Currently incurable, Alzheimer's – dementia – is on the rise, incapacitating its victims to the point of cruelty.
For me, Alzheimer’s has hit very close to home. My Mother who was born and raised in Greece and came to the US in her 20’s, has four sisters, all of whom remained in Greece. The first to suffer from this dreadful illness was my mother’s mom, my YiaYia. At the time, it was so hard for me to understand this disease. I remember playing with her skirt and singing. But when you’d ask her what she was doing she would say “I’m picking the corn from the field.” Other times, she was terrified if a loved one approached her – as they presented as complete strangers. To be terrified of your own grandchild…it’s an awfulness I’d wish on no one. It’s not fully comprehended how or why a person is afflicted with it. It’s also so hard to understand how someone could forget to eat or speak – second nature to us all. For a victim of Alzheimer’s, those simple tasks are impossible.
After my YiaYia, my mother’s oldest sister, Yoryia, developed the tell-tale signs. She suffered bravely for many, many years, but finally succumbed to the side effects of this disease with still so much life yet to live. Like a second mother to me, going back to see my Thea (aunt) would break my heart. The life had been sucked right from her.
It wasn’t long until we found her second sister also developed the disease. Passing away this past Thanksgiving, I will be forever grateful I got one last hug when we were in Greece last summer. This time, the symptoms took her pretty fast. Fortunately, she did not live in her own prison for very long. I will remember her as a strong, active, loving and caring person. She never forgot a face. It broke my heart as we were all together, taking a photo – as she couldn’t recollect who we were. I hope for a moment she knew we were there and that she was loved.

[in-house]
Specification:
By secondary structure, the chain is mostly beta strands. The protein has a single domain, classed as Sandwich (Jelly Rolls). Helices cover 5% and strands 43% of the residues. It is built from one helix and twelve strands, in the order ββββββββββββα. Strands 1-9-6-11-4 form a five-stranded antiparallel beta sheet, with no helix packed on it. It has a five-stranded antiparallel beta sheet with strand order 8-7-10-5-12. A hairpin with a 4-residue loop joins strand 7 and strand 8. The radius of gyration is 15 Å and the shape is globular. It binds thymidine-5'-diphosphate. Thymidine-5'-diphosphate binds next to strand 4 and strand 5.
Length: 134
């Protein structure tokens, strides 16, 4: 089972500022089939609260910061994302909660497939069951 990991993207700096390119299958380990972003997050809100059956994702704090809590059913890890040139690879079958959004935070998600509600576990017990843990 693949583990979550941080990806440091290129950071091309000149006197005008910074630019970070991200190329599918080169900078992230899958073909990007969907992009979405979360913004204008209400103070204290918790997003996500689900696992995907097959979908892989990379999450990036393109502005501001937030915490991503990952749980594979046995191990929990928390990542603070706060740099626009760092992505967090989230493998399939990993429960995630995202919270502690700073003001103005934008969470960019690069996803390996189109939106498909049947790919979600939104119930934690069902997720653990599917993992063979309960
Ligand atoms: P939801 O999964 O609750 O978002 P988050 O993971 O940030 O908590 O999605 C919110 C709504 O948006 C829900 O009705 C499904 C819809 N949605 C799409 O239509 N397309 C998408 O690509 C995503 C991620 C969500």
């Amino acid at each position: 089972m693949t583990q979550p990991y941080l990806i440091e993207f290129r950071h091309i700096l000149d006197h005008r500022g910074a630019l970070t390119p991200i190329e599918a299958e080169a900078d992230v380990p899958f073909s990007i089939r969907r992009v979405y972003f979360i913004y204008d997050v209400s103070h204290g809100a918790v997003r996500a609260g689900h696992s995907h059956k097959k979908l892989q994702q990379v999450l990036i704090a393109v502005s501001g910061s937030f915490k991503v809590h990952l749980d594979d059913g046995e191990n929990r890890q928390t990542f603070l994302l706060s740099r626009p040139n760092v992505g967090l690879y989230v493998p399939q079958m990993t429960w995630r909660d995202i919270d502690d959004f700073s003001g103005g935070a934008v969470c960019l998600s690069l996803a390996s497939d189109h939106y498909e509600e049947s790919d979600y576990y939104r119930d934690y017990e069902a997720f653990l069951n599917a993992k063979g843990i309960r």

As if the cruelness needed another victim, our trip last summer also provided us the chance to see the third sister – striken with the illness, but considered a “happy victim.” She jokes around with an easy smile, but she has no idea who you are. Her behavior could be described as erratic and bizzare. My hope is that I will see her again and that she will still have that smile that I remember and that she will let me hug her again with all that love she has.
And finally, mom’s baby sister who is in her 60’s has been recently diagnosed with the disease. She knows she has it and it is taking the best of her. It breaks my heart to see her smile and then have this look in her eyes that seems to say “will I remember you again??” I just cannot wrap my head around why all the sisters have it and as of now my mother does not.
And I am not going to lie but I am terrified of myself possibly getting this horrible disease.
Which is why I am walking and praying they find a cure. I will not be getting tested since there is no cure. But I will help in any way to find the cure! If you would like to help me in my quest for knowledge and a cure, consider supporting my walk for a cure and donate to Team Pozios honoring my aunts and grandmother!